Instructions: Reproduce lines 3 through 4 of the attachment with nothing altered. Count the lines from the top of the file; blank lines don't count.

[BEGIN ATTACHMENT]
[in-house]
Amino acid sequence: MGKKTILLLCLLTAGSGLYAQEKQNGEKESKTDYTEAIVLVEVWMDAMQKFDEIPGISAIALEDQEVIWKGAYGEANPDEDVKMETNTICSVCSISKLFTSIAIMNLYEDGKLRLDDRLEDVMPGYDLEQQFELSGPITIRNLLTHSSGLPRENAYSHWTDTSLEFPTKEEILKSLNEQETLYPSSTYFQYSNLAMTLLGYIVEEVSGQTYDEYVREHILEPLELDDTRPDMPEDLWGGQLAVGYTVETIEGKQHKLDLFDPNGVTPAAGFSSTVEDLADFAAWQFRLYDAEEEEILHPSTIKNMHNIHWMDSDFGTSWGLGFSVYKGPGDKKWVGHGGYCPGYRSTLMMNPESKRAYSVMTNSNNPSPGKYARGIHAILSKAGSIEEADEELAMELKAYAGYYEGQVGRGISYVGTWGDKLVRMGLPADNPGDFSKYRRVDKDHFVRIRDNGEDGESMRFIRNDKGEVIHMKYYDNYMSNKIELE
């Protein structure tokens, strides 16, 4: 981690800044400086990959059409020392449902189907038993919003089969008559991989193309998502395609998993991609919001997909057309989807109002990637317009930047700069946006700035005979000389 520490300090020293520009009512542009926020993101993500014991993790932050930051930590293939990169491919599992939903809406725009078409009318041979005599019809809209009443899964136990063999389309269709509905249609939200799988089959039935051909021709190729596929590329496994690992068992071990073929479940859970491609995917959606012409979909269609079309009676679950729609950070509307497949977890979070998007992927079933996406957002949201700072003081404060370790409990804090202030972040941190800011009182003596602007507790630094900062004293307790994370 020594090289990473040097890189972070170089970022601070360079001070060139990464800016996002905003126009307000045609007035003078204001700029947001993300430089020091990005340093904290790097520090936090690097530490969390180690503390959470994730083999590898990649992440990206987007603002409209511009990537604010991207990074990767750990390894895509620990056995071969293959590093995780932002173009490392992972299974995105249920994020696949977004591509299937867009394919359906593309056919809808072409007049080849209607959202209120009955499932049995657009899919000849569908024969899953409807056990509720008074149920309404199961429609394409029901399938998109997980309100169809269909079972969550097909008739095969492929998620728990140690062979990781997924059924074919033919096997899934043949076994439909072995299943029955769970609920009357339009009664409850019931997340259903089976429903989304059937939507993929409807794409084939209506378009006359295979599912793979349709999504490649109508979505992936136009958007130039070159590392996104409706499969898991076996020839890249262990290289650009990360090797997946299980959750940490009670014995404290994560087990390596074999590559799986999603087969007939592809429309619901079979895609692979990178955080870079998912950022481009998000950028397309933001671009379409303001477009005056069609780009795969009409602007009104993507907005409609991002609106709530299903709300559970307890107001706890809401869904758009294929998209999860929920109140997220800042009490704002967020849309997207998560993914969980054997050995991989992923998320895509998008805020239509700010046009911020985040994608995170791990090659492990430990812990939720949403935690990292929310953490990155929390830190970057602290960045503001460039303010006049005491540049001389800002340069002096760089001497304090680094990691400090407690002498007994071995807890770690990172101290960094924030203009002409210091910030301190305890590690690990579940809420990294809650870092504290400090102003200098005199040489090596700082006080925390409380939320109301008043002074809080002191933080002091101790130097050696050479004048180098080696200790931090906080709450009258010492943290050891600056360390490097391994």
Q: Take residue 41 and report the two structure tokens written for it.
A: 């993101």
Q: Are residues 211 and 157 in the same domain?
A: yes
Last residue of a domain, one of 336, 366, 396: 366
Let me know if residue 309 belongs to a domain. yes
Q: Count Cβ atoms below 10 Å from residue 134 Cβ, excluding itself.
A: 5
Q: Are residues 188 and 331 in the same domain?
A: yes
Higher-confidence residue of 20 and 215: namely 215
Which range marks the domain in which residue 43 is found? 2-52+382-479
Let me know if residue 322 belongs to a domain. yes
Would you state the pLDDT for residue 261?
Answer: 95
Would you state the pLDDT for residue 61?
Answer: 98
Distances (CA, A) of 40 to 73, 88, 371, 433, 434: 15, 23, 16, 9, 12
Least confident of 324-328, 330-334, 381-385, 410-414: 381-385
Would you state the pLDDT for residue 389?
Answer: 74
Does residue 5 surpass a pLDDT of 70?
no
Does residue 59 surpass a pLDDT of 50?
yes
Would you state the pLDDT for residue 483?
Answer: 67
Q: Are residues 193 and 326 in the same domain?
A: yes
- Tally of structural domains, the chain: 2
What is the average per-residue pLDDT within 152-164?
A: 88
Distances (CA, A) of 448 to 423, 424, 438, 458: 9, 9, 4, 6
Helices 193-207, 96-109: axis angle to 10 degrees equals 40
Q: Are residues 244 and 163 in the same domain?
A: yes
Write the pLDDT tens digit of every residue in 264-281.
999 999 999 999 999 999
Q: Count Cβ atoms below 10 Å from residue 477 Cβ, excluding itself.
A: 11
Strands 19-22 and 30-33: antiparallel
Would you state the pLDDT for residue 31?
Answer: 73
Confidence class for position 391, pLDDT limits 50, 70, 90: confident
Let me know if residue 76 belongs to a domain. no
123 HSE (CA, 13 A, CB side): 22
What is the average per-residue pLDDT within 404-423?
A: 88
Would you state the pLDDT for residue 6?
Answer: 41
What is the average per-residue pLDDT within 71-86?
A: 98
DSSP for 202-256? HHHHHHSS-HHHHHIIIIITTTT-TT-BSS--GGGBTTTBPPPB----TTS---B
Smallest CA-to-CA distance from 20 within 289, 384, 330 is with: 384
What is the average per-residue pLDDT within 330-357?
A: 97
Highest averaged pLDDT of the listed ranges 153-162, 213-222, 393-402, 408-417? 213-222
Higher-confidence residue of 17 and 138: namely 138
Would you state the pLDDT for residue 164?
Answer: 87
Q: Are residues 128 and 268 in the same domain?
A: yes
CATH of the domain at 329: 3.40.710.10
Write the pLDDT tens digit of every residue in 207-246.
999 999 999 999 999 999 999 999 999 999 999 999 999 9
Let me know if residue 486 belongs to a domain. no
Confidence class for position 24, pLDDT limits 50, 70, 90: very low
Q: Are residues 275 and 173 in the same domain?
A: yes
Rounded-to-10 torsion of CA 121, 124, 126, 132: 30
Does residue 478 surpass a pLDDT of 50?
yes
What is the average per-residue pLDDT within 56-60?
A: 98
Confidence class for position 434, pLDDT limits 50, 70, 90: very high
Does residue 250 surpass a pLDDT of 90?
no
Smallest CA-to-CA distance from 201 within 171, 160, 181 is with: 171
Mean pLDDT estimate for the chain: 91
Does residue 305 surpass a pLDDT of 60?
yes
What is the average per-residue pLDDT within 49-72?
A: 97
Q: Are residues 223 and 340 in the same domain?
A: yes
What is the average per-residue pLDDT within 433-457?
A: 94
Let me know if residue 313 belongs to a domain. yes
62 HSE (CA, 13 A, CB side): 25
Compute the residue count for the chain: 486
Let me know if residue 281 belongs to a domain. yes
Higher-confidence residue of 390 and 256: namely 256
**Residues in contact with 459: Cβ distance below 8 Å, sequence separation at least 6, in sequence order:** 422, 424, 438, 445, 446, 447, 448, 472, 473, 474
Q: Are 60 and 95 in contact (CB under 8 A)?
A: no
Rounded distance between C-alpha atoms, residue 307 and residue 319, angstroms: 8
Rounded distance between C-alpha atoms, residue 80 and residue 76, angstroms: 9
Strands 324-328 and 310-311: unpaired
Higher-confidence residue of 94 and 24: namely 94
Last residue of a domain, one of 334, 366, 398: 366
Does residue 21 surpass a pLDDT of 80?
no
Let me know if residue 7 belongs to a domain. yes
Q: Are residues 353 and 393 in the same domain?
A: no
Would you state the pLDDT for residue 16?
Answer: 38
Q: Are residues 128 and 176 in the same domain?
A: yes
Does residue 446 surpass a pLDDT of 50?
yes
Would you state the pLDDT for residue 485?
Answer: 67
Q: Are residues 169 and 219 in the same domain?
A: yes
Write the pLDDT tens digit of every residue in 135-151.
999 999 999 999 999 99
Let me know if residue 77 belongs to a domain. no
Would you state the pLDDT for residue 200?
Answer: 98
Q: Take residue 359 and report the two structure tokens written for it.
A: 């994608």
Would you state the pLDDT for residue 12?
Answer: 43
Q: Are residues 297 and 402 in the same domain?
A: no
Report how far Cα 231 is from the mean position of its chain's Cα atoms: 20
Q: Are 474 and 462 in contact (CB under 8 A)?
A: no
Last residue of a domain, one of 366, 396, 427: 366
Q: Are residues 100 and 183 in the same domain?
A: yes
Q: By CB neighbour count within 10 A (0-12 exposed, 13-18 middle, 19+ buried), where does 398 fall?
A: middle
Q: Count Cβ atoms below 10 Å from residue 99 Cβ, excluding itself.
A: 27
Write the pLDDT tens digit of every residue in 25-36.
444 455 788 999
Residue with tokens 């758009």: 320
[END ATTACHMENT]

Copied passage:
């Protein structure tokens, strides 16, 4: 981690800044400086990959059409020392449902189907038993919003089969008559991989193309998502395609998993991609919001997909057309989807109002990637317009930047700069946006700035005979000389 520490300090020293520009009512542009926020993101993500014991993790932050930051930590293939990169491919599992939903809406725009078409009318041979005599019809809209009443899964136990063999389309269709509905249609939200799988089959039935051909021709190729596929590329496994690992068992071990073929479940859970491609995917959606012409979909269609079309009676679950729609950070509307497949977890979070998007992927079933996406957002949201700072003081404060370790409990804090202030972040941190800011009182003596602007507790630094900062004293307790994370 020594090289990473040097890189972070170089970022601070360079001070060139990464800016996002905003126009307000045609007035003078204001700029947001993300430089020091990005340093904290790097520090936090690097530490969390180690503390959470994730083999590898990649992440990206987007603002409209511009990537604010991207990074990767750990390894895509620990056995071969293959590093995780932002173009490392992972299974995105249920994020696949977004591509299937867009394919359906593309056919809808072409007049080849209607959202209120009955499932049995657009899919000849569908024969899953409807056990509720008074149920309404199961429609394409029901399938998109997980309100169809269909079972969550097909008739095969492929998620728990140690062979990781997924059924074919033919096997899934043949076994439909072995299943029955769970609920009357339009009664409850019931997340259903089976429903989304059937939507993929409807794409084939209506378009006359295979599912793979349709999504490649109508979505992936136009958007130039070159590392996104409706499969898991076996020839890249262990290289650009990360090797997946299980959750940490009670014995404290994560087990390596074999590559799986999603087969007939592809429309619901079979895609692979990178955080870079998912950022481009998000950028397309933001671009379409303001477009005056069609780009795969009409602007009104993507907005409609991002609106709530299903709300559970307890107001706890809401869904758009294929998209999860929920109140997220800042009490704002967020849309997207998560993914969980054997050995991989992923998320895509998008805020239509700010046009911020985040994608995170791990090659492990430990812990939720949403935690990292929310953490990155929390830190970057602290960045503001460039303010006049005491540049001389800002340069002096760089001497304090680094990691400090407690002498007994071995807890770690990172101290960094924030203009002409210091910030301190305890590690690990579940809420990294809650870092504290400090102003200098005199040489090596700082006080925390409380939320109301008043002074809080002191933080002091101790130097050696050479004048180098080696200790931090906080709450009258010492943290050891600056360390490097391994």
Q: Take residue 41 and report the two structure tokens written for it.